abusesaffiliationarrow-downarrow-leftarrow-rightarrow-upattack-typeburgerchevron-downchevron-leftchevron-rightchevron-upClock iconclosedeletedevelopment-povertydiscriminationdollardownloademailenvironmentexternal-linkfacebookfiltergenderglobegroupshealthC4067174-3DD9-4B9E-AD64-284FDAAE6338@1xinformation-outlineinformationinstagraminvestment-trade-globalisationissueslabourlanguagesShapeCombined Shapeline, chart, up, arrow, graphlocationmap-pinminusnewsorganisationotheroverviewpluspreviewArtboard 185profilerefreshIconnewssearchsecurityPathStock downStock steadyStock uptagticktooltiptwitteruniversalityweb
Opinion

21 Sep 2016

Author:
Colette G. St-Onge, Digital Campaigns Officer, ShareAction

Internet shutdowns: Bad for human rights, bad for business

See all tags

There have been over 40 recorded internet shutdowns all over the world, from Bahrain to India to Ethiopia, so far in 2016. This is a sharp rise on the 15 recorded shutdowns in 2015. Shutdowns are increasingly becoming a key issue for those of us promoting human rights in the private sector. We are now seeking to drive investor action on this issue, as a risk to the businesses they invest in and their customers. The most high-profile shutdown this year occurred during the attempted coup d’état in Turkey in July, when media coverage of the coup detailed the unavailability of social media platforms Facebook, Twitter and YouTube for two hours.

The reality is that ICT companies should play a central role in pushing back against the rise of internet shutdowns - and some key players are.

While the responsibility for the decision to order a shutdown rests with governments, the orders are carried out by information and communication technology (ICT) companies. These companies are exposed to financial and reputational risks as a result. Vodafone faced significant public pressure following a shutdown in Egypt during the Arab Spring of 2011 and has since developed its awareness of these risks. The reality is that ICT companies should play a central role in pushing back against the rise of internet shutdowns - and some key players are, including Vodafone. While many larger companies highlight their commitment to human rights and freedom of expression, the way they anticipate and respond to shutdown requests--including transparency on when and where these requests occur--is a chance for them to show their mettle.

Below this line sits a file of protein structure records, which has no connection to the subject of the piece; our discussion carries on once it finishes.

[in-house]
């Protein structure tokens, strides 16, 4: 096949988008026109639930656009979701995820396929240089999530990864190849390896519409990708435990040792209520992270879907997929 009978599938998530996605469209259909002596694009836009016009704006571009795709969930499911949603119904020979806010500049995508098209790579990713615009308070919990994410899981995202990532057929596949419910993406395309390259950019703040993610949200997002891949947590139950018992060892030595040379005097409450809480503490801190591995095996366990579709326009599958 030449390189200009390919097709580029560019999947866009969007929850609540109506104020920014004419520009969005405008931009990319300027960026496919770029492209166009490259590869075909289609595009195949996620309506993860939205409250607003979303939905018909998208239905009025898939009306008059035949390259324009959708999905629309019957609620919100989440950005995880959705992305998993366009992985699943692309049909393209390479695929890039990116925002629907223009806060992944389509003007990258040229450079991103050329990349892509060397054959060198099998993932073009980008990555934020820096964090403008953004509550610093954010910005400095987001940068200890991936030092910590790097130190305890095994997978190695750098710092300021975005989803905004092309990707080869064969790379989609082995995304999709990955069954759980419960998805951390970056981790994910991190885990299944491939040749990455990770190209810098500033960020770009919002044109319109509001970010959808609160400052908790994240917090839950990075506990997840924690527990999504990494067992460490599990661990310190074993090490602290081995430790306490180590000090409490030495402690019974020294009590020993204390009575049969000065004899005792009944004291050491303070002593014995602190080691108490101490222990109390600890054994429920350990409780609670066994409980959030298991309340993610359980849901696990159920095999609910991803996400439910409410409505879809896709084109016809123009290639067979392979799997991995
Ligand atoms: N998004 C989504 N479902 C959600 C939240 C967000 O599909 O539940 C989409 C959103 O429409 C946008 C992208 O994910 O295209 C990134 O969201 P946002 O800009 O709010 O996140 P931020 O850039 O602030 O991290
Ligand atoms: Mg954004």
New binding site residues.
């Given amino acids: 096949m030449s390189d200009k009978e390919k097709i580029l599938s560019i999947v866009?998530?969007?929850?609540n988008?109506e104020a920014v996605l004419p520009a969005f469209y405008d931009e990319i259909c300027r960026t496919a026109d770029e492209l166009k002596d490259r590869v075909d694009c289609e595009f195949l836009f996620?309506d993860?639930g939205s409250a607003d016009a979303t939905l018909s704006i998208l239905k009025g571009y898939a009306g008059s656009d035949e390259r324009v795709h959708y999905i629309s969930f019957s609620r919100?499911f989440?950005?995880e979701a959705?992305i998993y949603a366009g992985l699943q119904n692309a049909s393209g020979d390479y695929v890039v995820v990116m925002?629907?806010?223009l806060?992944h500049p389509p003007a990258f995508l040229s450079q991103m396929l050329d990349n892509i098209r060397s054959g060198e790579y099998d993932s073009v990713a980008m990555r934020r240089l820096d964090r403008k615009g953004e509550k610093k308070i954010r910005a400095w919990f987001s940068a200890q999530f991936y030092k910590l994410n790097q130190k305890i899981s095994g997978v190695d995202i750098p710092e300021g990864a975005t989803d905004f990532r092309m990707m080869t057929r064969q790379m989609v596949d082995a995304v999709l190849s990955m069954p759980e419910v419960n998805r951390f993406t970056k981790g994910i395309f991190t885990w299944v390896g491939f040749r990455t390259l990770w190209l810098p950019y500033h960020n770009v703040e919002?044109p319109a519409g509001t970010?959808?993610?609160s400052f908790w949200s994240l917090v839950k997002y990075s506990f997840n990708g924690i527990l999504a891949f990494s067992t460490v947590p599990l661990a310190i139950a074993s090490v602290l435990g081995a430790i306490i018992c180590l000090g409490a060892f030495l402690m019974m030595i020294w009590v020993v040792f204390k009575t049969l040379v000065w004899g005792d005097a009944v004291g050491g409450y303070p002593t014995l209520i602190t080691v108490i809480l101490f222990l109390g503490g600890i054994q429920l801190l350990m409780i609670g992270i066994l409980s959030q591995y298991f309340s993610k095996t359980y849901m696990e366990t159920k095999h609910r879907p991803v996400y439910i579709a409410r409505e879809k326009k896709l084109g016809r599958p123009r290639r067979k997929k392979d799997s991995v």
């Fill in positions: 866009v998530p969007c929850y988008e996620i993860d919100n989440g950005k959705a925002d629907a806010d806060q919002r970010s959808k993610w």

Governments often justify a shutdown order on the grounds that it is necessary to interrupt communications for security purposes. While security is an important concern, the reality is that the risk is often overblown while the human rights impacts are undeniable and significant. During a shutdown, there is no ability for people - ranging from business owners to journalists to human rights defenders - to exercise their freedom of expression online.

The United Nations Human Rights Council approved a resolution supporting human rights online in June 2016 that unequivocally condemns the use of shutdowns. Significantly, human rights advocates are not alone in recognising that shutdowns are a significant risk to human rights and to business. Numerous other stakeholders have spoken out against the practice.

The momentum to tackle the rise of internet shutdowns is obviously growing.

The company-led Telecommunications Industry Dialogue and the multi-stakeholder Global Network Initiative issued a joint statement in July 2016 expressing similar concern. The statement also noted  that  the “protection of national security and public safety are important government concerns. Network shutdowns, and the wholesale blocking of internet services, however, are drastic measures that often risk being disproportionate in their impact.” The companies supporting this statement are Millicom, Nokia, Orange, Telefónica, Telenor Group, TeliaSonera and Vodafone Group. The GSM Association, one of the world’s largest technology associations, also issued new guidelines in July 2016 for ICT companies receiving what it calls Service Restriction Orders.

The momentum to tackle the rise of internet shutdowns is obviously growing. The question now is whether there is anything we can do to promote and build on that momentum. There is. And we think investors are best placed to make this happen.

ShareAction and Access Now have published an investor briefing outlining why internet shutdowns pose financial and reputational risks to investors. The briefing also provides key recommendations on how investors can engage the ICT companies in which they have holdings to mitigate exposure to these risks. The recommendations are:

  1. Investors should encourage companies to appoint a member or committee from the Board of Directors to be responsible for policies and related risk management on internet shutdowns.

  2. Investors should ensure companies have a clear policy development process for operational decision making relating to entering and operating in countries where governments may request a shutdown of internet services.

  3. Investors should encourage companies to publish transparency reports, to the extent legally possible, that list the countries in which they operate, and clarify in which countries they have received requests for service shutdown or monitoring.

ShareAction is now engaging the investment community on internet shutdowns and encouraging investors to make the suggested recommendations to the ICT companies in which they are invested. The more companies become aware of the risks associated with shutdowns and integrate the recommendations outlined in this briefing, the more we can ensure that the momentum against internet shutdowns translates into a significant call to end the practice globally, safeguarding civic space.

Click here for more information on ShareAction’s Digital Rights campaign.